There is a political science concept called ‘the Pendulum Effect.’ In essence, the idea is that American political opinion swings from right to left, then back again. In many ways, the times of true “American Greatness” have been when the so-called pendulum is near the center of its arc.
For the last 20-odd years, the pendulum has been swinging consistently left, but all signs point to its gradual return toward the center and the eventuality of a swing to the right. An early sign of this change could be playing out in New Hampshire right now.
New Hampshire gathers just four electoral college votes in presidential elections, but its status as the first primary has always made this tiny New England state a battleground worth fighting for. According to New Hampshire Gov. Chris Sununu, a Republican, Democrats have abandoned this locked-up state in favor of more highly contested ground. The confidence that New Hampshire will fall in line with liberal priorities runs directly counter to the state’s prevailing tendency to the “independent-state” mindset held by many of the state’s 1.4 million residents.
Sununu pointed out in an interview with Fox News on September 19 that constituents in the state, which favored President Joe Biden by just 5.4% of just 806,000 votes in 2020, increasingly feel abandoned by the Biden administration and democratic party. A significant source of contention is the elevation of the South Carolina primary headed by Biden and his ties to Rep. Jim Clyburn, widely viewed as the most influential Democrat in the South.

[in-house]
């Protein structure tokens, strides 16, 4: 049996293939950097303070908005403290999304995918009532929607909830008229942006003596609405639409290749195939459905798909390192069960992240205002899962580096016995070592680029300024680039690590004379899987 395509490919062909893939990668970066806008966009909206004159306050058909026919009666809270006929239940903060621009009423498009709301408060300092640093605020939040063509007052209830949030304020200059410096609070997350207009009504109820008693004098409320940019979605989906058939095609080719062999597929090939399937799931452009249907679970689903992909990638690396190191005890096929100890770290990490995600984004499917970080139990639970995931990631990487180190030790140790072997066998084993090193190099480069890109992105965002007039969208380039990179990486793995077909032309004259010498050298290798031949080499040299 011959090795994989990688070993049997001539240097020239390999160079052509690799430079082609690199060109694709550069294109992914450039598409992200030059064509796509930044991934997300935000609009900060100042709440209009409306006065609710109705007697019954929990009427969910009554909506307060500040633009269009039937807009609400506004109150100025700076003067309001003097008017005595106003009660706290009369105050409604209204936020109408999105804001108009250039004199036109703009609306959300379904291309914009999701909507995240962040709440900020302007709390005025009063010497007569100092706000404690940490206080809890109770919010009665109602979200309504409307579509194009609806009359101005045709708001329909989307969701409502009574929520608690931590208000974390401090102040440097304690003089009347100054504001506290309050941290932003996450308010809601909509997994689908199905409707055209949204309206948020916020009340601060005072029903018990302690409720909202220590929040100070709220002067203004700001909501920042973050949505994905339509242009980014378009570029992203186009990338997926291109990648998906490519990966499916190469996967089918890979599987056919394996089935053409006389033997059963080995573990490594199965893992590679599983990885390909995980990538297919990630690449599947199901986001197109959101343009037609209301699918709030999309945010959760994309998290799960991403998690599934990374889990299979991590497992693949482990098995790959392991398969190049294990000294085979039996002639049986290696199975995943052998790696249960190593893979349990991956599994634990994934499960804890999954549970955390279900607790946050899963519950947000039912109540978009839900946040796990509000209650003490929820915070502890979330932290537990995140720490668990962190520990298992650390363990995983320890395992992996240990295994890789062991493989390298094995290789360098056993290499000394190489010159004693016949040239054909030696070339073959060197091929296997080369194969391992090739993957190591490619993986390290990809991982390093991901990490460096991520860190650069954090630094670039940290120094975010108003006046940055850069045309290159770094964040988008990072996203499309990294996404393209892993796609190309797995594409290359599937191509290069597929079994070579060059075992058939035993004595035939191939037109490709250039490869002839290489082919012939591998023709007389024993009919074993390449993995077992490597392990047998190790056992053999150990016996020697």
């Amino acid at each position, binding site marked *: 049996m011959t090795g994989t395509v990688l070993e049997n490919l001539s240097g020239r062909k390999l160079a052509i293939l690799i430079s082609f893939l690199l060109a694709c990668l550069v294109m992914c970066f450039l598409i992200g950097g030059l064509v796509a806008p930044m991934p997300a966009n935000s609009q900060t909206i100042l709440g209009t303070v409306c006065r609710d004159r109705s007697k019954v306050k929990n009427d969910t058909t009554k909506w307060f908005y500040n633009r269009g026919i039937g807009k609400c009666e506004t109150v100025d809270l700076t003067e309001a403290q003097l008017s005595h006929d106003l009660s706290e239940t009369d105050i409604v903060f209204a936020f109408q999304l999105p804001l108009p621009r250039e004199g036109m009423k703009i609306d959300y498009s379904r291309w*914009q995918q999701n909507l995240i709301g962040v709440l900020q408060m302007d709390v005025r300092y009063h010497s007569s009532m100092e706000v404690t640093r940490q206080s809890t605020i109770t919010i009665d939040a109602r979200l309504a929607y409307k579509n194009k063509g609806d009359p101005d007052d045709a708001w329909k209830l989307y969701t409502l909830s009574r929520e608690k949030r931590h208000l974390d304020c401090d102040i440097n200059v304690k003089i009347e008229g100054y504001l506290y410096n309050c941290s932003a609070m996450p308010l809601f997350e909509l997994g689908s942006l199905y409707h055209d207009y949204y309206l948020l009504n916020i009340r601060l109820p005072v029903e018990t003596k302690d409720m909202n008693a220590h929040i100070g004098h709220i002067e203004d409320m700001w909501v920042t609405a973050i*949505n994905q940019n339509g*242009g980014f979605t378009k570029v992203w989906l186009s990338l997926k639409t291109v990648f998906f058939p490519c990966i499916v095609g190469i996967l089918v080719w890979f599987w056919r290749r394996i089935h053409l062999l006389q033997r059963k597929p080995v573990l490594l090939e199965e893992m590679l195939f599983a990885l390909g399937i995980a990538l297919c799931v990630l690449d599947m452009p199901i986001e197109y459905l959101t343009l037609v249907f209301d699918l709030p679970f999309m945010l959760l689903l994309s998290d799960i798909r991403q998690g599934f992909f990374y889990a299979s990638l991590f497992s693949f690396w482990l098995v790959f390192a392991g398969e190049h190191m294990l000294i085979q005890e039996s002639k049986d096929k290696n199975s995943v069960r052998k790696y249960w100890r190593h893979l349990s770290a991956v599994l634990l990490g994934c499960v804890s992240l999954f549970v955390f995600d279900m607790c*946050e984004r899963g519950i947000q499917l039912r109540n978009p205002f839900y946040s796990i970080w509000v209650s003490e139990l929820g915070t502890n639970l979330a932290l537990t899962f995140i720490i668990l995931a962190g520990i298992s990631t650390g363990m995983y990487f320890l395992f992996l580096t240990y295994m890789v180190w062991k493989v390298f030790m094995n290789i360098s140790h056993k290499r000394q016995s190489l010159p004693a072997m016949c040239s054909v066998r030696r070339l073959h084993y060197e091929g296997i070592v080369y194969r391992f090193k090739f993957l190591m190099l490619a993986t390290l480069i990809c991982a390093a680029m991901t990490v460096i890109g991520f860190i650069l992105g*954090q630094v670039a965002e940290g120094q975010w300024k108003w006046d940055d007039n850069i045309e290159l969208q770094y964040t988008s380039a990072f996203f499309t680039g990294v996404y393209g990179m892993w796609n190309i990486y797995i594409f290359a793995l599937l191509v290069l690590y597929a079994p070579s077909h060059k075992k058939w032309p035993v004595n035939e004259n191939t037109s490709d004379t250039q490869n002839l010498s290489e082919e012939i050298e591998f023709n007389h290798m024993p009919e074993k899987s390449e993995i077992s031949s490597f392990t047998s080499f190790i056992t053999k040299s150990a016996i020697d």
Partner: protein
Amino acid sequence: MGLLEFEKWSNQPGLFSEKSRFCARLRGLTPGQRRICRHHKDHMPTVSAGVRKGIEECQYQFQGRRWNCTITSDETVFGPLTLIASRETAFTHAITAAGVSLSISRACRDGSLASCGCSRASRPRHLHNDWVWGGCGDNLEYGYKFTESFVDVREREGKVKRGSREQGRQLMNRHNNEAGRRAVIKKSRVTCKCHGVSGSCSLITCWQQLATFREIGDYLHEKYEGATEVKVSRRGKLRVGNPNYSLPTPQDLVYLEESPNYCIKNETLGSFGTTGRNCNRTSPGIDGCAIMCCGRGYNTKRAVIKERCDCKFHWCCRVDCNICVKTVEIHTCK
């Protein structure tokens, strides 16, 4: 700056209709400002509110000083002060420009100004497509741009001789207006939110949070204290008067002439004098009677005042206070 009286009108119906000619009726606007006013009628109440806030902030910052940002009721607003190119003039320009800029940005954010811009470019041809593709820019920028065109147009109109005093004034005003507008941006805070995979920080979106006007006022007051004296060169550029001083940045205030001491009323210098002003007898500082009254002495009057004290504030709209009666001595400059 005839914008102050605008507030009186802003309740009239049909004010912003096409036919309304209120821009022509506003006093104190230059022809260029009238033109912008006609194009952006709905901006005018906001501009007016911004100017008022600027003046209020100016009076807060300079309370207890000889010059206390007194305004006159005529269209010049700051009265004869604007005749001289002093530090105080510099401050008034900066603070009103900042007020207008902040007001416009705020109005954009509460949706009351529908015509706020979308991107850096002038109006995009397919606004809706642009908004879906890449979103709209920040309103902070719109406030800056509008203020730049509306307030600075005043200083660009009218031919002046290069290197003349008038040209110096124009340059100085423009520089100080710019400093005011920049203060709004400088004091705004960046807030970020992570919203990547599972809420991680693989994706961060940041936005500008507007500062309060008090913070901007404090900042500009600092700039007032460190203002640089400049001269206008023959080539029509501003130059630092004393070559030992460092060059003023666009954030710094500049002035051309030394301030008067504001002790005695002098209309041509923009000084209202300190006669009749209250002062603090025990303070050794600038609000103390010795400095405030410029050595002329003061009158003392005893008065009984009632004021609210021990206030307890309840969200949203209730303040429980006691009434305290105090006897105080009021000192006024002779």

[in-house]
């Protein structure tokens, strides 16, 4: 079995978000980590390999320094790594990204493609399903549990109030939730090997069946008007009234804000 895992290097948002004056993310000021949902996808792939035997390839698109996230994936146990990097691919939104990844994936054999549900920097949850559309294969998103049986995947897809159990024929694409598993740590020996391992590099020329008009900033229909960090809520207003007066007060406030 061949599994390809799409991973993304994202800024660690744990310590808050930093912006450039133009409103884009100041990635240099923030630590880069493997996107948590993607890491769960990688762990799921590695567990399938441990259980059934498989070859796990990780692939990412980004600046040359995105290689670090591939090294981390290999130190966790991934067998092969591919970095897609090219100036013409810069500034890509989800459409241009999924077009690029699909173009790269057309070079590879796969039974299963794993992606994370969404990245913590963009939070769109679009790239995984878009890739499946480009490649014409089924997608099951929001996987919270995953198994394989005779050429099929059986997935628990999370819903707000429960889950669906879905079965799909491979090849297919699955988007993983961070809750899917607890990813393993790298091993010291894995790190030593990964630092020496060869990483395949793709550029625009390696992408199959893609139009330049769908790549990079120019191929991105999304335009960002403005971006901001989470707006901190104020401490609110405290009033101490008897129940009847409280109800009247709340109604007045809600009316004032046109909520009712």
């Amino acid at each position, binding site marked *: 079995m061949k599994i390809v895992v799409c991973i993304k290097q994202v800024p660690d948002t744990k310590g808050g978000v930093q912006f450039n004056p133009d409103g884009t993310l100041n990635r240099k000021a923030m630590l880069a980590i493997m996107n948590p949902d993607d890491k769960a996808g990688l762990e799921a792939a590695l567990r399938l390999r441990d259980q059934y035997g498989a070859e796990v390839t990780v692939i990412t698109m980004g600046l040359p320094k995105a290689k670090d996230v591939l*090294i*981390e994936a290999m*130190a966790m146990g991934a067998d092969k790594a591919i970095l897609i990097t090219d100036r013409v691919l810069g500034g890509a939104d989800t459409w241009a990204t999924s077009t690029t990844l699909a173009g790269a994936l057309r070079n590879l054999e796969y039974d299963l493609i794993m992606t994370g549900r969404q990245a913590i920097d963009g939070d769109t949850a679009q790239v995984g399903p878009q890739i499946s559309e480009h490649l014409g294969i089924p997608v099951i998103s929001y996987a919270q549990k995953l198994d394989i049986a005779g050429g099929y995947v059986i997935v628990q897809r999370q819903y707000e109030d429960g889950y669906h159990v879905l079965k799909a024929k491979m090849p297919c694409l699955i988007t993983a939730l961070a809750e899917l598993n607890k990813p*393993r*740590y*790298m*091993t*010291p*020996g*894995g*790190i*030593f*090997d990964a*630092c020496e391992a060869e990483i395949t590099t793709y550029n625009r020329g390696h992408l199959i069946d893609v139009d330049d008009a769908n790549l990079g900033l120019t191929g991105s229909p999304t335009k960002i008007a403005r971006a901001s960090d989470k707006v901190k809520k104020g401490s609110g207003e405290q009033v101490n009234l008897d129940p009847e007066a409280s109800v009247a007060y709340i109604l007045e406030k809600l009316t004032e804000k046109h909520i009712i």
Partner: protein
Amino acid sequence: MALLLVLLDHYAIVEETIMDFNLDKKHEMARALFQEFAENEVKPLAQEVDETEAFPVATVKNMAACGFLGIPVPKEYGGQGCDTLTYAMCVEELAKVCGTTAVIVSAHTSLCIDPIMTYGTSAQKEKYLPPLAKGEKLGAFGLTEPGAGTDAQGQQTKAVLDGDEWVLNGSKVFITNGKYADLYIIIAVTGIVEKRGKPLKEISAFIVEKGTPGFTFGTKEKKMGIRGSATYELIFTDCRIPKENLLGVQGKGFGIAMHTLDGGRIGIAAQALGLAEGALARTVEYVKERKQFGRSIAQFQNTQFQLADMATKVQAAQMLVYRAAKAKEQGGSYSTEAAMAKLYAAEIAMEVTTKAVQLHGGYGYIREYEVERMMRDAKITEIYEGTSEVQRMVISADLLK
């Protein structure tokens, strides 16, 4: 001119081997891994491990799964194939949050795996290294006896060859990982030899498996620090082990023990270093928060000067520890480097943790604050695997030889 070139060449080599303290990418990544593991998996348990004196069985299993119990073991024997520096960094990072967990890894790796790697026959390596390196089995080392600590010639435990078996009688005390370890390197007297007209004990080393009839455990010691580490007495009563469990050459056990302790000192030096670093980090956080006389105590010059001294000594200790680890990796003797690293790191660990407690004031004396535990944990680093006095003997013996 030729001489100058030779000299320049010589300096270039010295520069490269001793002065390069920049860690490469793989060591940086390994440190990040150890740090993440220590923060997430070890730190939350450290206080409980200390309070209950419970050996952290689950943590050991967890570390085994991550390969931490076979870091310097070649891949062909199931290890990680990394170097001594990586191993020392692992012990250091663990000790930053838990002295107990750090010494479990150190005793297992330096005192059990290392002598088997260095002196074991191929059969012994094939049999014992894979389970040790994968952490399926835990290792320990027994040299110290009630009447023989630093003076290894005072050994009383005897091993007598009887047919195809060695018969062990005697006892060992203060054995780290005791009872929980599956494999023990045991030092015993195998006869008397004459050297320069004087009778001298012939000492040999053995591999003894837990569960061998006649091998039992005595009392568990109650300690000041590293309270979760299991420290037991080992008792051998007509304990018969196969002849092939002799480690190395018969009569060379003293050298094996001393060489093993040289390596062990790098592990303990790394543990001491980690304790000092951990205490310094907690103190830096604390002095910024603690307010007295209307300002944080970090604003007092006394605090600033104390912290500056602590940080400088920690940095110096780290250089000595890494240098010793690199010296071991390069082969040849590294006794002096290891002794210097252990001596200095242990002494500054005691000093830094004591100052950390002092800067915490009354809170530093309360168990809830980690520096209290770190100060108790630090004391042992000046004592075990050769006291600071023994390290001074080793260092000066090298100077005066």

New Hampshire has taken offense to the efforts of South Carolina and other states to become the new New Hampshire, long the first state in the nation to hold presidential primaries and general elections. The Democratic National Convention recently ordered New Hampshire to comply with the decision to move South Carolina’s primary ahead, ending a 50-year tradition and violating a state law in the process.
New Hampshire is viewed as a bellwether state that shows how the rest of New England will go in election cycles. It might not be 2024 that sees a Red Tide in the northeast, but the likelihood that states such as Vermont and Maine slowly turn purple is increasing with every bad decision Democrats make.
Republicans Just Got Blasted in a New Hampshire Special Election Because Zero Lesson Have Been Learnedhttps://t.co/F3j5hCW8la
— RedState (@RedState) September 20, 2023
A big part of the Biden administration’s push to the South, and by extension, the effort made during the Obama administration, is to hold onto the Black vote. Once staunchly Republican, the Black vote has increasingly fallen in line with Democrats who promise significant societal changes to create equality between the races, but the party consistently fails to fulfill campaign promises. Often, Democrat priorities leave Black Americans in the dust as they chase after transgender rights, LGBTQ+ inclusivity, and a general backlash against law and order.
A red New Hampshire is a beacon of hope in the darkness of the Northeast. Flipping those four electoral votes could be the beginning of a decades-long dominance by Republicans, but only if conservatives can capitalize on the moment.